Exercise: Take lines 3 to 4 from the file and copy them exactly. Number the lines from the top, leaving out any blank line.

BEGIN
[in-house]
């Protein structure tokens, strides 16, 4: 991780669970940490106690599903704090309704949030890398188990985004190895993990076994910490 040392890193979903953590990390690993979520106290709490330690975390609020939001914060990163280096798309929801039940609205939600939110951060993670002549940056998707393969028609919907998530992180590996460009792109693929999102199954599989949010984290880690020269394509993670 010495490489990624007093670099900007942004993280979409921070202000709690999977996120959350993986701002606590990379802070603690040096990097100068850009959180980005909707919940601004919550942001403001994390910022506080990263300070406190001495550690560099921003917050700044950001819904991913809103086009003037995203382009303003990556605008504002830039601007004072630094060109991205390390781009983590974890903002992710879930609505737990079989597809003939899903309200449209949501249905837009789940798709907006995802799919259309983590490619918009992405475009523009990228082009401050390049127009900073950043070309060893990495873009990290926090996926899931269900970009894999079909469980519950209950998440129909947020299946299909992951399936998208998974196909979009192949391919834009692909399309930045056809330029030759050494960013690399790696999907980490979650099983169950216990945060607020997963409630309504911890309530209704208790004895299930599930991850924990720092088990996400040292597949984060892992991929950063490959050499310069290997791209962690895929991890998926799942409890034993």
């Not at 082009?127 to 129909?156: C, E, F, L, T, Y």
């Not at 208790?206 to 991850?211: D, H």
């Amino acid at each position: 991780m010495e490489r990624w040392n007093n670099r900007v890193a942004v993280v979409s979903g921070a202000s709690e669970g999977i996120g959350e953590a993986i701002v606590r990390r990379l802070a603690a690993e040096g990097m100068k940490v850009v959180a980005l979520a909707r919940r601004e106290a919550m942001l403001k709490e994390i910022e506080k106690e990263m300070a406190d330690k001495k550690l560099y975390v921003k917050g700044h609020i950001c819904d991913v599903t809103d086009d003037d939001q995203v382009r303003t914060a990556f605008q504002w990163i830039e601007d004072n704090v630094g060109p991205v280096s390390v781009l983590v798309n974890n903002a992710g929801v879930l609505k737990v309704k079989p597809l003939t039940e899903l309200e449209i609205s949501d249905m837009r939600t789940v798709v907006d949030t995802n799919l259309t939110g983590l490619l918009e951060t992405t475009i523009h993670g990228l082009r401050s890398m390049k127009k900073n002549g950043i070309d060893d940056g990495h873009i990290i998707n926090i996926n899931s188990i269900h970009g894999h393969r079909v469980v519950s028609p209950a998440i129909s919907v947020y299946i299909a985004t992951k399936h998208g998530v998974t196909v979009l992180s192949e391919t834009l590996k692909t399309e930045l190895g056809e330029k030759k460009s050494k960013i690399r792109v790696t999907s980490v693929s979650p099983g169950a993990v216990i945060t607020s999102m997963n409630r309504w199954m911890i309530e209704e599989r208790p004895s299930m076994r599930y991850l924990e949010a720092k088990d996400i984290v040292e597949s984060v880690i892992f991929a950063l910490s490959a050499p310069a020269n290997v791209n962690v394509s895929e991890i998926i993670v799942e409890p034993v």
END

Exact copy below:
């Not at 082009?127 to 129909?156: C, E, F, L, T, Y």
């Not at 208790?206 to 991850?211: D, H």